1. Choose a Clean Energy Council Approved Solar Retailer.
Approved retailers have signed the Solar PV Retailer Code of Conduct, which means they are committed to ethical sales and marketing activity, use high-quality components and will guarantee the operation of your system for at least five years.
You can trust an Approved Solar Retailer to handle every part of the process involved in installing solar, from planning the best system for your needs to helping you get it connected to the grid.
2. Shop around and do your research.
Before you select a system, make sure you talk to multiple solar retailers about your options and obtain several quotes.
How can I tell if my installer is accredited?
If you’re buying from an Approved Solar Retailer, you can rest assured that your system’s installers are accredited by the Clean Energy Council.
If you’re not buying from an approved retailer, you should ask to see your installer’s accreditation card:
You can find an accredited installer in your area using our find an installer tool.
Remember, to be eligible for government rebates in the form of STCs, your system must be installed by a Clean Energy Council accredited installer.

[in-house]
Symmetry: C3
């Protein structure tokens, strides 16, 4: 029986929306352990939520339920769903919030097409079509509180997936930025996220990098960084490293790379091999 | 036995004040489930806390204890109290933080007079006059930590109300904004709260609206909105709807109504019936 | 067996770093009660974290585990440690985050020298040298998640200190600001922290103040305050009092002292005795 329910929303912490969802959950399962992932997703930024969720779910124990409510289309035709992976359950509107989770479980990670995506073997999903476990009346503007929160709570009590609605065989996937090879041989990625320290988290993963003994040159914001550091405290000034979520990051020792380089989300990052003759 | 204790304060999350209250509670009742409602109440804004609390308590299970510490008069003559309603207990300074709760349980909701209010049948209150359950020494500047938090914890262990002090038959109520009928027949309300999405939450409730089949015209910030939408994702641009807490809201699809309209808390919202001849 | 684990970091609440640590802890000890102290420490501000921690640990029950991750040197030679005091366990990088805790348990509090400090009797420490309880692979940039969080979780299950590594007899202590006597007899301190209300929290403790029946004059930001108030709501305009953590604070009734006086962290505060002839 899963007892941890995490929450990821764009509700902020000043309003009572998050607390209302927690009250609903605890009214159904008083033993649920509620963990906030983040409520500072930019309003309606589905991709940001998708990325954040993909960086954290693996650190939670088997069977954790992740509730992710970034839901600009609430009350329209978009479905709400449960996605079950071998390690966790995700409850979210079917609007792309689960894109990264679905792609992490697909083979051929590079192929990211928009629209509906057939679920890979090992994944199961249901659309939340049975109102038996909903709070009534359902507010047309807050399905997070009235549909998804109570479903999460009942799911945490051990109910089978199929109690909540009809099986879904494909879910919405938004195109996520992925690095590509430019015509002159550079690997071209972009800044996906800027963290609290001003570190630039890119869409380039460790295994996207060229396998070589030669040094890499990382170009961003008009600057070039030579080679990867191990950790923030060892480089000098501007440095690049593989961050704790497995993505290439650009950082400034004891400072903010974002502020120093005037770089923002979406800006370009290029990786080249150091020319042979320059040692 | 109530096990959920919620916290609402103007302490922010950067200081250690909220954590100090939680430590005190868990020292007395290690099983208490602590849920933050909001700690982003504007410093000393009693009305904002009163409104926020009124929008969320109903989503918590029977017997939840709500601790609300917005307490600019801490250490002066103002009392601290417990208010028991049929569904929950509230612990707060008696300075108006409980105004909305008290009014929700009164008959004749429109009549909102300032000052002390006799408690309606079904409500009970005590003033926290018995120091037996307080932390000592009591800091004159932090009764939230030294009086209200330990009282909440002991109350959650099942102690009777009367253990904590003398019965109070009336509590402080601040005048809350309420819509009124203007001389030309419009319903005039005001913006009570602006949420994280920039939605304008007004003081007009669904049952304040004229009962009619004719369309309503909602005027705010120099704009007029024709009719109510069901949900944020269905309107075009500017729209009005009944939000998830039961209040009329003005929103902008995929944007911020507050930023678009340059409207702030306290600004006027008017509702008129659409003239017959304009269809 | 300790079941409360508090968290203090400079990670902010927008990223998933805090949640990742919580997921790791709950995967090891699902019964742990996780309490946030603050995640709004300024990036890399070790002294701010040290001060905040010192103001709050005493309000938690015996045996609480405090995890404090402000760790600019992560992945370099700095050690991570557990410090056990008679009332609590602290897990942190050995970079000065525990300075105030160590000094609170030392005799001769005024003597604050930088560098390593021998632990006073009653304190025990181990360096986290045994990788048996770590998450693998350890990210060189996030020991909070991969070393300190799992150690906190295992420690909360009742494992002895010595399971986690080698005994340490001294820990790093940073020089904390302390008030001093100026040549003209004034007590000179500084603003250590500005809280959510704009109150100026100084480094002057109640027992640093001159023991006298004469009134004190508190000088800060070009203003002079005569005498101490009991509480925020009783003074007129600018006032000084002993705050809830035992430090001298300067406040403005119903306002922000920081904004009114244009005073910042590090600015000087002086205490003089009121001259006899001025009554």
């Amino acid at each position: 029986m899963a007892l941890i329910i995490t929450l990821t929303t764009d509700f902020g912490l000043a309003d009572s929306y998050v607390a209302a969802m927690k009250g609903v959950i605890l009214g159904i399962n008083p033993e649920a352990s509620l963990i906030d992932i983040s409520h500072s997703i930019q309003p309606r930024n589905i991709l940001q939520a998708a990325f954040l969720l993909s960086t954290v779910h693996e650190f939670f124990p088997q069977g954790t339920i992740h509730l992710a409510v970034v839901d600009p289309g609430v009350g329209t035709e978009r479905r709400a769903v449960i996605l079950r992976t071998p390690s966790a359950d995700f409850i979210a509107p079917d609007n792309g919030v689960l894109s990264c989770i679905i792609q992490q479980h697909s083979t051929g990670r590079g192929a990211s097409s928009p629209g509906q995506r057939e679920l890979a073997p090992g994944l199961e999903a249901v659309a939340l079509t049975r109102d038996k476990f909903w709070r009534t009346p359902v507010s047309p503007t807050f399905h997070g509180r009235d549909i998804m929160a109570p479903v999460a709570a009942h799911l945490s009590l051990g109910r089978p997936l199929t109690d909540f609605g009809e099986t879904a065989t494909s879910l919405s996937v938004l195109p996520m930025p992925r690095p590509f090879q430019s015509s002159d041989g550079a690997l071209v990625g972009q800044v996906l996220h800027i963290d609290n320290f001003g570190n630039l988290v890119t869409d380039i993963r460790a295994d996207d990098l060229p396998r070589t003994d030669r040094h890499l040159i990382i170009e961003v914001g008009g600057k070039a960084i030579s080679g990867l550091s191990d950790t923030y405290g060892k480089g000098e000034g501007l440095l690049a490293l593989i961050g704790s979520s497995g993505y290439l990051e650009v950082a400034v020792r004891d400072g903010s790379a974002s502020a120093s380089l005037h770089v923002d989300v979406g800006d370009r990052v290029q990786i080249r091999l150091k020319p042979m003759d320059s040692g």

Where can I find a list of approved solar PV modules and inverters?
The Clean Energy Council maintains a list of all solar modules and inverters that meet Australian Standards for use in the design and installation of solar PV systems. Only systems that use products from the approved lists are entitled to rebates in the form of small-scale technology certificates (STCs).
Please note that the Clean Energy Council does not certify modules and inverters directly. For a product to be included on our approved lists, the manufacturer must provide a certificate of compliance from a recognised certifying body.